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THE DEMON BARBERS - Disco At The Tavern

THE DEMON BARBERS - Disco At The Tavern
Private Label DBS006

The Demon Barbers shake you up. A less purist title for a folk album than Disco At The Tavern would be hard to find, yet it contains Child 18, 26 and 49 among a stash of songs from the deep tradition. Its tag line is Celebrating Fifteen Years Of Mayhem. So it does, most joyfully, yet the mayhem is mixed with many subtle passages. Damien Barber is a daring showman, as anyone who has seen The Lock In will know, yet he has dedicated himself to traditional music since his teenage years. Always a great Bellamy man, his band’s stirring arrangement of Bitter Withy, memorably recorded by The Young Tradition in 1968, sums up the exciting contribution he is making.

Other gems among the 13 tracks and 57 minutes are Ranzo, with The Wilson Family adding firepower; Aye Fly, composed by the band’s fiddle player, the always excellent Bryony Griffith; The Three Ravens, a less cynical progenitor of The Twa Corbies; and a fire-breathing version of Tawney’s Sally Free And Easy. Other modern classics are Loudon Wainwright’s Swimming Song and Ron Angel’s The Chemical Worker’s Song, which they call Go, Boys, Go.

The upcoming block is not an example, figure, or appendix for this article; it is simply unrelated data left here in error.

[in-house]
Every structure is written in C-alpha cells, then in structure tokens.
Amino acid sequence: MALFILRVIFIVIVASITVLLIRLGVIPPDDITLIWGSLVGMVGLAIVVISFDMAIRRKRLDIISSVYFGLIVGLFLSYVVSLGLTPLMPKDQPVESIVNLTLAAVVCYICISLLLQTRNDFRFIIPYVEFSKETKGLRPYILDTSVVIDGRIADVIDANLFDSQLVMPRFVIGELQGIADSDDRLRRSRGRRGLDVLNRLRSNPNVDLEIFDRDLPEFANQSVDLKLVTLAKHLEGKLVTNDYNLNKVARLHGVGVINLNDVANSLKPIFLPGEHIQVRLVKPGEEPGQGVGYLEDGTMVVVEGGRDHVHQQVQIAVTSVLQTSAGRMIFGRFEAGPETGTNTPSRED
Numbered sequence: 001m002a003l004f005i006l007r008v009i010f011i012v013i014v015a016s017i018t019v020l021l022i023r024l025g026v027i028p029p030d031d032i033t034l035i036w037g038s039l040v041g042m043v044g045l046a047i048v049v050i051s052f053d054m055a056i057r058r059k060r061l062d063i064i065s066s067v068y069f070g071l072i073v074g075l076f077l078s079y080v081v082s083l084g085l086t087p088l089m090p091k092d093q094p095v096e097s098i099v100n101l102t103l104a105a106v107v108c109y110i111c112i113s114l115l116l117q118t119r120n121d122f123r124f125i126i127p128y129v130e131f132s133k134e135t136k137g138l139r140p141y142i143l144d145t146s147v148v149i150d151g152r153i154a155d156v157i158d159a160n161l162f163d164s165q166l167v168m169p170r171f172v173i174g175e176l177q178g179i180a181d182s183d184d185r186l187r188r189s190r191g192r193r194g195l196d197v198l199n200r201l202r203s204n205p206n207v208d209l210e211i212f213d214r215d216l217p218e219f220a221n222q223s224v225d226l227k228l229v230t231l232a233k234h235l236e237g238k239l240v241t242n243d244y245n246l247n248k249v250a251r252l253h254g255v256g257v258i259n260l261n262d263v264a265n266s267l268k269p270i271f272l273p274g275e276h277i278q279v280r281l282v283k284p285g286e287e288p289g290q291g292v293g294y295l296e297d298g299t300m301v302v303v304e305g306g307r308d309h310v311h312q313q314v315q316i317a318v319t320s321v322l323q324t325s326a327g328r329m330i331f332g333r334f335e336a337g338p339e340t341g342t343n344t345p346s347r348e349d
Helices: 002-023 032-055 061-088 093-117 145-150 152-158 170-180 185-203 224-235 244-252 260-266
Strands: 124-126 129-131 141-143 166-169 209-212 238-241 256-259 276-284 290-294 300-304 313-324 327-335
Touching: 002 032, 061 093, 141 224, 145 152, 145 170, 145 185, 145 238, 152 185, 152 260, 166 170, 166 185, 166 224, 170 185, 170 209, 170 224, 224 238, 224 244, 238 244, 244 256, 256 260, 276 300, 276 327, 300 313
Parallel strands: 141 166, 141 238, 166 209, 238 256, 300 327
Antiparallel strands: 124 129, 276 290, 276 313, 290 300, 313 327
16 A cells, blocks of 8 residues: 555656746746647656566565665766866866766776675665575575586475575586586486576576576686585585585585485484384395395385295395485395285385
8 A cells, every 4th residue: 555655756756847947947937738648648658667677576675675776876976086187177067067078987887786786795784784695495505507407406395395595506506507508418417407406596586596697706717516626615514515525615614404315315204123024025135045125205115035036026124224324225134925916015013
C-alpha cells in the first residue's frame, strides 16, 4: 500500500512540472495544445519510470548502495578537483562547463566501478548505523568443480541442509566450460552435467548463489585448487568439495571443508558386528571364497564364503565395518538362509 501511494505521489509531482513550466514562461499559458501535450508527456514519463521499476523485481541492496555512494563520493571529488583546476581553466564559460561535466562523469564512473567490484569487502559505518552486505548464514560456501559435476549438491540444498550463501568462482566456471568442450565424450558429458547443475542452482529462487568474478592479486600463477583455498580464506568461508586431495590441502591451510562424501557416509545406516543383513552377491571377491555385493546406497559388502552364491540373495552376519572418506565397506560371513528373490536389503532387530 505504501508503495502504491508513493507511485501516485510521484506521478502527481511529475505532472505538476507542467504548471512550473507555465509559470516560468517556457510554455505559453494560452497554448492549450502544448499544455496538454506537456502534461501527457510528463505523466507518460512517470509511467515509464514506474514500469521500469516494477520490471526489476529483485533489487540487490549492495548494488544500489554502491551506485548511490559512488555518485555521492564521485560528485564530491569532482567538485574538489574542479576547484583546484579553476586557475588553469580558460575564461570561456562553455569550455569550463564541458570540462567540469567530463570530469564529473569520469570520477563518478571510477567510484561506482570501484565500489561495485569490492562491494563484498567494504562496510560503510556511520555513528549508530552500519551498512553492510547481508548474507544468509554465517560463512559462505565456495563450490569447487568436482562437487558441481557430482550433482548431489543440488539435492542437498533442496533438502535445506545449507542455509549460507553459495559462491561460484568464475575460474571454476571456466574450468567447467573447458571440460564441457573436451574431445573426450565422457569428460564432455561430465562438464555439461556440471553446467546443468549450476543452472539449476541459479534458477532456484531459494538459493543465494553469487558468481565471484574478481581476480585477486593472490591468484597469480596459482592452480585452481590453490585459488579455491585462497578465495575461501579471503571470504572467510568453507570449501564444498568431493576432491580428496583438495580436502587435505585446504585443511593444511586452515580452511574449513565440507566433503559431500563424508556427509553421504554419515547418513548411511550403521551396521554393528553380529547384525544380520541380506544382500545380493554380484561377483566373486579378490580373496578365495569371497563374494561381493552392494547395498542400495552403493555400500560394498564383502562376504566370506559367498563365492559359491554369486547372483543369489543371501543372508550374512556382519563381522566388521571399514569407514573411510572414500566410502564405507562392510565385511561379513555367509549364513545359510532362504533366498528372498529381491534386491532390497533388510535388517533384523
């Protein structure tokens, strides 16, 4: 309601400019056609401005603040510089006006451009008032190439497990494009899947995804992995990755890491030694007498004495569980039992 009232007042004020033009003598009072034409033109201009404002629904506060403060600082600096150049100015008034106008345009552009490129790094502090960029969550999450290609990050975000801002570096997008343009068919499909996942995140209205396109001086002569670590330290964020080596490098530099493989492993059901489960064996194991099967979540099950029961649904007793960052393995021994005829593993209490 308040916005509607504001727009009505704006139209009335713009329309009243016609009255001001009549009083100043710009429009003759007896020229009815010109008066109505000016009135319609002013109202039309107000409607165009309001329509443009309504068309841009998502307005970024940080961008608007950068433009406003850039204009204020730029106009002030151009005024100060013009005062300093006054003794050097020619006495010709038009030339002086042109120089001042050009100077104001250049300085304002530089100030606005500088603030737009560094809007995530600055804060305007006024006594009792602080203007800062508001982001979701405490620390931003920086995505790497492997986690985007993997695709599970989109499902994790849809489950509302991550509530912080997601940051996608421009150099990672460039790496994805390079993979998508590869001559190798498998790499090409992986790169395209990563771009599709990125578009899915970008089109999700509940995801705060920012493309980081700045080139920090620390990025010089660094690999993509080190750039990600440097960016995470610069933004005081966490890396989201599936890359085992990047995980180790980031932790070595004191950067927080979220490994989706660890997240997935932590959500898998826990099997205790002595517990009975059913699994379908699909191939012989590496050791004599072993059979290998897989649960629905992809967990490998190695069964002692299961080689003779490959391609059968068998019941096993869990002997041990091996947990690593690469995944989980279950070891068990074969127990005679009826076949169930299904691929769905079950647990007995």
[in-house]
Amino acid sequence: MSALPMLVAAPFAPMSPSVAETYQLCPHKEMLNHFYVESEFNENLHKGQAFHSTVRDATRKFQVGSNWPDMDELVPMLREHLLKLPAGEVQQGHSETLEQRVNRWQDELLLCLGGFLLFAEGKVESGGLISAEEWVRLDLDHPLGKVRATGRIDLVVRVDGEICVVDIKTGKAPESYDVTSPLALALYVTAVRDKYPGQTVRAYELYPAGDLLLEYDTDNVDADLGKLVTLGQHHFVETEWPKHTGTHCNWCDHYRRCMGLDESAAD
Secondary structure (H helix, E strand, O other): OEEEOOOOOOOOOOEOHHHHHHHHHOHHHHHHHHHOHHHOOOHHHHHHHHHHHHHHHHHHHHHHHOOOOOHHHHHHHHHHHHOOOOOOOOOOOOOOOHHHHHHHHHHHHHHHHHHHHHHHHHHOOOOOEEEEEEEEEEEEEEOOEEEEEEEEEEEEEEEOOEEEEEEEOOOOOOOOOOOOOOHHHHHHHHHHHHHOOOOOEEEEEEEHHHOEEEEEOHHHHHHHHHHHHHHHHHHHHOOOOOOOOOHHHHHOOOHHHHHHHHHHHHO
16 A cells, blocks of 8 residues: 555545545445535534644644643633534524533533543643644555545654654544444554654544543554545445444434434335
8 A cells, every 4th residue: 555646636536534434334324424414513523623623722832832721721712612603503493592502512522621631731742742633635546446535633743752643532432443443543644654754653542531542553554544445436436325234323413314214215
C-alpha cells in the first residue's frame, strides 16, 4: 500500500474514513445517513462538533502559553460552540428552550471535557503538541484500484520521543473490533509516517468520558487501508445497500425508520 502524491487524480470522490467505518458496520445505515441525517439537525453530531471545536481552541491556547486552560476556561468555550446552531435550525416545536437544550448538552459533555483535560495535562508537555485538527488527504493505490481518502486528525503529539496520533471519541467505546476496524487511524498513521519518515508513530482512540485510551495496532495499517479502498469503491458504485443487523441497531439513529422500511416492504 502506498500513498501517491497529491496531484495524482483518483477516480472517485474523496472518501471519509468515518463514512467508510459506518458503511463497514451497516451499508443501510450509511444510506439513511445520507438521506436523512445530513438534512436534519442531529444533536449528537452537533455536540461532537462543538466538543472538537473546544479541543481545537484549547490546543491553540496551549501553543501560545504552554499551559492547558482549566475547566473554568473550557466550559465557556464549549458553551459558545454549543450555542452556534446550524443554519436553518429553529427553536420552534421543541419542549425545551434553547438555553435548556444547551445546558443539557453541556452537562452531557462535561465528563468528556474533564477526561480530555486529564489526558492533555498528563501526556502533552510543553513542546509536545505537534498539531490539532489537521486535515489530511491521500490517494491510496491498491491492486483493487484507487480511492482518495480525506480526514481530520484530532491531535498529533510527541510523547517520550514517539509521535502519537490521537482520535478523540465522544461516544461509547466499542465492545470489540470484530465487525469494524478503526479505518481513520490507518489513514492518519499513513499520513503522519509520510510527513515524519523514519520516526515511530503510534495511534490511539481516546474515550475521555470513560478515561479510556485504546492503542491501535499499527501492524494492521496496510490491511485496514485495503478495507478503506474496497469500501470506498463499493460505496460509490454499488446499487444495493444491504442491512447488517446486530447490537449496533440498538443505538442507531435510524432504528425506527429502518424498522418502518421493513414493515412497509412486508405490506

Go, boys and girls. Damien’s vocals and concertina and Bryony’s fiddle are joined by Will Hampson’s melodeon and button accordion, Ben Griffith’s drums and electric guitar, Matt Crum’s keyboards, piano and sax, and Angus Milne’s bass and double bass. Then there’s more percussion, and scratching, and sampling, and beatbox, and two top producers to add even more oomph. Donal Hodgson and Kipper have won Emmy and Grammy awards respectively.

The music effortlessly passes the dancing-round-the-living-room-like-an-eejit test. It also provides material for a new Lock In-esque dance show by the full Demon Barbers XL. They blitzed Keswick last Thursday. Missed them. Forty curses.

Tony Hendry

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This album was reviewed in Issue 108 of The Living Tradition magazine.